"The moment we [Africans] lost our languages was also the moment we lost our bodies, our gold, diamonds, copper, coffee, tea." - Ngugi wa Thiong'o

Saudi Arabia’s oil price war: relying on low cost of crude oil production

Saudi Arabia is at war on different fronts. The kingdom is fighting the shale oil and gas producers in North America so as to maintain market share. Saudis are also fighting Iran in order to maintain the dominance of Sunni Islam.

Fair Enough! Saudi Arabia; the world’s main oil producer second to the USA; has the least crude oil production cost second to Kuwait; can comfortably take on the world.

Saudi Arabia has a daily crude oil production of 11.624 million barrels at the cost of $9.80 per barrel. Thus, the kingdom will be at profit even if the price of crude oil falls to $15 per barrel.

But the US shale oil producers require the international oil market price not to fall below $70 for them to remain in business. And so, the Saudis strategy is to oversupply the market to force down the price of crude oil and thereby send the shale frackers back to the rocks.

The Saudis strategy is working as most of the North America’s shale oil and gas companies have filled for bankruptcy protection. They don’t even have the money to meet the cost of production before talking of making profit.

The authorities in Saudi Arabia believes, obviously, if the shale oil producers are not driven out of market; they will lose their Europeans and American customers to them. To the Saudis, it is better to sell more barrels of oil at a lower price than to sell fewer barrels at a higher price. Why not; they have the volume at lower cost.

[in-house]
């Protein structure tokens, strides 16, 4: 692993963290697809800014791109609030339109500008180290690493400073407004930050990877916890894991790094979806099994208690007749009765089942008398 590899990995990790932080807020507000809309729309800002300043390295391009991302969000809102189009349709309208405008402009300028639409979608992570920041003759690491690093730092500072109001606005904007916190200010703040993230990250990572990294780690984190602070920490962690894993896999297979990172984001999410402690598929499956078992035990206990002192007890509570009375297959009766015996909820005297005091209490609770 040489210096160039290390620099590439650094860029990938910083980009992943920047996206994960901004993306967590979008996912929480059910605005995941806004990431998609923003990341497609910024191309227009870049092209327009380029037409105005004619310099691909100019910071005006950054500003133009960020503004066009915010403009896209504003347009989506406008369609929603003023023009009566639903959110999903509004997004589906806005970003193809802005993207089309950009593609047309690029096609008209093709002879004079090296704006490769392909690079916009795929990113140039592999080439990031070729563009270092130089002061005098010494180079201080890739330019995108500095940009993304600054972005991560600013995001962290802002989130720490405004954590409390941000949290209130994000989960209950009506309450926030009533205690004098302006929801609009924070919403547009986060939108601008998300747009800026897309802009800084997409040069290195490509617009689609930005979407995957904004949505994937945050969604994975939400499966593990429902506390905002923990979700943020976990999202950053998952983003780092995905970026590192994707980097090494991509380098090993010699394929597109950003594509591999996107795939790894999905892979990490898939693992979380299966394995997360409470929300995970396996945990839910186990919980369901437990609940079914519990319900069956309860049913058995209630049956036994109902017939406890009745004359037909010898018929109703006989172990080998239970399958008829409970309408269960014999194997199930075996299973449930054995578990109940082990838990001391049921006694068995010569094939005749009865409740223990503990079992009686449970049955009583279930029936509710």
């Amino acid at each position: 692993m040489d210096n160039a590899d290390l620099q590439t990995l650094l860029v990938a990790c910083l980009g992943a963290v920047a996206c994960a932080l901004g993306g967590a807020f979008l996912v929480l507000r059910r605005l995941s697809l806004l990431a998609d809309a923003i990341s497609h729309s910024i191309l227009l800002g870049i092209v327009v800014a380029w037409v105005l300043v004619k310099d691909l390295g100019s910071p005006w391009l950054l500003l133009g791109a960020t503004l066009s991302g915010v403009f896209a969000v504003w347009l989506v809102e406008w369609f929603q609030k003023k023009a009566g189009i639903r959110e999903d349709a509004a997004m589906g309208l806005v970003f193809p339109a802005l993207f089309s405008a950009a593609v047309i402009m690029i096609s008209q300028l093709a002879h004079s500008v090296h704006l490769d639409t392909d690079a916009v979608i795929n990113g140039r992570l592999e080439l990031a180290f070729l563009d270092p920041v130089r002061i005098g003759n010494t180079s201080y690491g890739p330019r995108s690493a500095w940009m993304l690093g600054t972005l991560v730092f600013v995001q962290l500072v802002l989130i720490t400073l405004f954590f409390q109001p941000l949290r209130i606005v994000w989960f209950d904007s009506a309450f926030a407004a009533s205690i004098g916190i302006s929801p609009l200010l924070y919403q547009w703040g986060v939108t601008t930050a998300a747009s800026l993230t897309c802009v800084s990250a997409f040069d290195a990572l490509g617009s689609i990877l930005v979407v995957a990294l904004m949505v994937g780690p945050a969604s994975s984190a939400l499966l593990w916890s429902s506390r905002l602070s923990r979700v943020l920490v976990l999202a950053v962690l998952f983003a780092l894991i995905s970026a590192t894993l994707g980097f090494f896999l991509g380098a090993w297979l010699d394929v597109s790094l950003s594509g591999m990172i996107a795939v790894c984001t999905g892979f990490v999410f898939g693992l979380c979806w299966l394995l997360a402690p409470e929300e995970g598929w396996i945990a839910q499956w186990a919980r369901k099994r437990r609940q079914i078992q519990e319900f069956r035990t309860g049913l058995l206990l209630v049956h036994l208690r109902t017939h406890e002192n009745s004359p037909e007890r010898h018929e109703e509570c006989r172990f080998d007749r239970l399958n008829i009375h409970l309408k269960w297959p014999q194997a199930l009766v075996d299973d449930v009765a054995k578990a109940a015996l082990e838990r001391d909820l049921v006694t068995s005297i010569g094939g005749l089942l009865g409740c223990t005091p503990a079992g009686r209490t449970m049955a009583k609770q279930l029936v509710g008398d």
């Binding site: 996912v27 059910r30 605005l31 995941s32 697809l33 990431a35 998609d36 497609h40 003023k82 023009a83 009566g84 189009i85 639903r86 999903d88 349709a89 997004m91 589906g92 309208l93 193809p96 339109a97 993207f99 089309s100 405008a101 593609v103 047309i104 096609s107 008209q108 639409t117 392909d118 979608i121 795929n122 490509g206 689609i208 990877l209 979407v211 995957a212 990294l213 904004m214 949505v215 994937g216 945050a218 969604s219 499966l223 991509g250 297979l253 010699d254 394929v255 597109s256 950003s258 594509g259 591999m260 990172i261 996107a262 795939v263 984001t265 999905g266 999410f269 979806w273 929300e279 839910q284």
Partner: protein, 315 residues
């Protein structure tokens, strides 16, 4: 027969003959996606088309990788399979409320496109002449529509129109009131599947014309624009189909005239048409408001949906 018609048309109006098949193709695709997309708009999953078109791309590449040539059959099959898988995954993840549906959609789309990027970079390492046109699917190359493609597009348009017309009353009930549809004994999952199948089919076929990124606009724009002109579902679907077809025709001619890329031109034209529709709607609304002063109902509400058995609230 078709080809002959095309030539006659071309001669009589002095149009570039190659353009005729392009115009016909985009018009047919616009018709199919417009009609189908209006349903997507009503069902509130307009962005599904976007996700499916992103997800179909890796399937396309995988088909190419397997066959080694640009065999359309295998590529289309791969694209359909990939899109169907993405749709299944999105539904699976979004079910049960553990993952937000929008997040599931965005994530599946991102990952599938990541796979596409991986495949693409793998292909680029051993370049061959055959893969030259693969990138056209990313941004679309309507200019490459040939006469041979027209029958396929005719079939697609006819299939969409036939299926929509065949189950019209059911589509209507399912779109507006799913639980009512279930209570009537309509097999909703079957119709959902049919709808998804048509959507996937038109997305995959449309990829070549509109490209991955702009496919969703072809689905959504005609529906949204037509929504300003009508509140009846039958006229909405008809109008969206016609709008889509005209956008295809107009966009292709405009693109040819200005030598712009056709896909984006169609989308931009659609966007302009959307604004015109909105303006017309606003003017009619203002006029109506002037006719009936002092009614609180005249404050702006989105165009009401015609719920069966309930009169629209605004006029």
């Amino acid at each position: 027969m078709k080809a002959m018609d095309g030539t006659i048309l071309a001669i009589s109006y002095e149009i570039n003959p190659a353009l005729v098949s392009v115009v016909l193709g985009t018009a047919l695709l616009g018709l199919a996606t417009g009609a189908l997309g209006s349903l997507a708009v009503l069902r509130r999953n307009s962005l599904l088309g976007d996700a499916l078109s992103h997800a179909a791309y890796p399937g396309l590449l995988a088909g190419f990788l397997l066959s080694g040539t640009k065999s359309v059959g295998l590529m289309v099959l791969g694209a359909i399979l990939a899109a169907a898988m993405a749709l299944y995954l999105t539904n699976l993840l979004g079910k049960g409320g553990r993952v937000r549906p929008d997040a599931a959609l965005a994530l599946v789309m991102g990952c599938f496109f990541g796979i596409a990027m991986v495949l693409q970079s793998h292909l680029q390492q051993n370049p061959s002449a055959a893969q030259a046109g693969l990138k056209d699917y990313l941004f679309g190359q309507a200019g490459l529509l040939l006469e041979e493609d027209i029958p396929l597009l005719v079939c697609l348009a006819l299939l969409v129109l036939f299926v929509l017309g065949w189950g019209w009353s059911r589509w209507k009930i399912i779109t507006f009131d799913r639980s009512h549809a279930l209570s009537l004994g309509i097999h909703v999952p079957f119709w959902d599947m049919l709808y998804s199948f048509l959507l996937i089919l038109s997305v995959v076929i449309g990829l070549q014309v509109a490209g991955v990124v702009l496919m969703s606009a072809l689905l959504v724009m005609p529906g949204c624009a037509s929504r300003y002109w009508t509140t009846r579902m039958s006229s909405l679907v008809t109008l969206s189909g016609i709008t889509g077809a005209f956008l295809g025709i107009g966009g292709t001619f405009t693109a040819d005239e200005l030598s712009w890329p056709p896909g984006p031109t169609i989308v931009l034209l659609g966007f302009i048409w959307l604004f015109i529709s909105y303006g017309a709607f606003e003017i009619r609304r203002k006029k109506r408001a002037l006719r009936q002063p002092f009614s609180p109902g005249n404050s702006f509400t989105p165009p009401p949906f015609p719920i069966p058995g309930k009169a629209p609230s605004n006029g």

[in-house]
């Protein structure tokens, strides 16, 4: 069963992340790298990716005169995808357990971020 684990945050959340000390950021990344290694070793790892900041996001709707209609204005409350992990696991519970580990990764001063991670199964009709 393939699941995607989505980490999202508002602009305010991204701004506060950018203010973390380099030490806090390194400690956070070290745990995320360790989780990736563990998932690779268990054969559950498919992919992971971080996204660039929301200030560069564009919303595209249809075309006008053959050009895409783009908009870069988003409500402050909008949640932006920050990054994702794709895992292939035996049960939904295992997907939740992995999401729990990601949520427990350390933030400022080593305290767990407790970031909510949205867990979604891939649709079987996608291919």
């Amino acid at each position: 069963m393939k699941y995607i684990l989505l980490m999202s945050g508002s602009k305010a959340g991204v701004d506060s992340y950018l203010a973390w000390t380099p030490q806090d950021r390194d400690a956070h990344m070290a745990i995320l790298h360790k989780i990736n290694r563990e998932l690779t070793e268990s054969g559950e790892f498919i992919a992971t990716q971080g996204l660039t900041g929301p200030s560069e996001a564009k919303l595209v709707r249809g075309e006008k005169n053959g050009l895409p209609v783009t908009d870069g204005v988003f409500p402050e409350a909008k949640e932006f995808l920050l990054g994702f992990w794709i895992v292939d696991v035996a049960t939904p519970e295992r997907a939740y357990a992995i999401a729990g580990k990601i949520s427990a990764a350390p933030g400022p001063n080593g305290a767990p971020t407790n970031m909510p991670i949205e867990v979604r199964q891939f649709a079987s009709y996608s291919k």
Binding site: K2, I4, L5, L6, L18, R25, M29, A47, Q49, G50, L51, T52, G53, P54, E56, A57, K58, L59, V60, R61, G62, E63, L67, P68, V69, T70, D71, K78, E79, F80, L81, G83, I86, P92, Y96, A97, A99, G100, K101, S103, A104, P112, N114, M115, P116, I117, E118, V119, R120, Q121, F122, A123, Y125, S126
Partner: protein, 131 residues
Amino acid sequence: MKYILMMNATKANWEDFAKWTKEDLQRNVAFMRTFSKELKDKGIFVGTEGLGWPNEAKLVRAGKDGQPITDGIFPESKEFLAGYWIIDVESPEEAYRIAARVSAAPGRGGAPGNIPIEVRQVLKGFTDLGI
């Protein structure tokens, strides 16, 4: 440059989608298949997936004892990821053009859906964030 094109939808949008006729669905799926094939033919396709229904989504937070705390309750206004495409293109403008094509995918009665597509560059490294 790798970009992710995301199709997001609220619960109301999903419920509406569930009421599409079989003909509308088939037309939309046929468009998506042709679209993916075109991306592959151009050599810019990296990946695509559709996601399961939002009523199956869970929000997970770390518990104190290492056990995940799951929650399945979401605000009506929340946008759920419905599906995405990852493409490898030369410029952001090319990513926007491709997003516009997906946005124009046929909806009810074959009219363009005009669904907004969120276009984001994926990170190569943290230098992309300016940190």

This is simple economics – selling volumes will maintain employment within the oil industry although wages may decline. But it is better than shutting down some oil installations if demand falls, which will lead to unemployment. As at the current oil price of about $33, the Saudis are winning the oil price war against the shale oil producers.

On the other hand, the Saudis premised price of $15 per barrel is to curtail Iran’s exploit in Syria. And by extension, weaken the rise of Iran’s Shi’ah Islam in the Middle East and around the world.

Meanwhile, while emerging from international economic sanction, Iran set the price of its crude oil at $25 per barrel irrespective of the market price. That price can sustain them in the meantime considering their cost of production is $12.60 per barrel.

As it is said, it is the grass that suffers when two elephants fight. Other OPEC countries with high cost of production will suffer this oil price war. For example, Nigeria’s cost of producing one barrel of oil is $31.60

As such, it will be unimaginable what will be of Nigeria if the Saudis succeed in pulling oil price down to $15 per barrel. Even at the current price of $33, Nigeria is barely making a profit of $2 per barrel. No wonder President Buhari of Nigeria is currently in Saudi Arabia visiting King Salman and perhaps begging him to soften his position for the sake of Nigeria.

I guess in his plea, Buhari will remind King Salman how he massacred his fellow Nigerians (Shi’ah movement in Nigeria) in solidarity with the kingdom’s war against Iran. Anyway, permanent interest is what matters in politics, sentiment can wait for the sun.

As Buhari is used to speaking to Nigerians with his ‘body language’ he probably had read the body language of King Salman that his pleas may have fallen on deaf ears. And so, Buhari proceeded to Medina for lesser hajj so as to pray for Nigeria. Well, someone should tell the President that ‘heaven helps those who help themselves’.

It is worthy to note that even though the praying ground (Medina) is in Saudi Arabia, the Saudis still rely on strategies than prayers – counting on their low cost of crude oil production.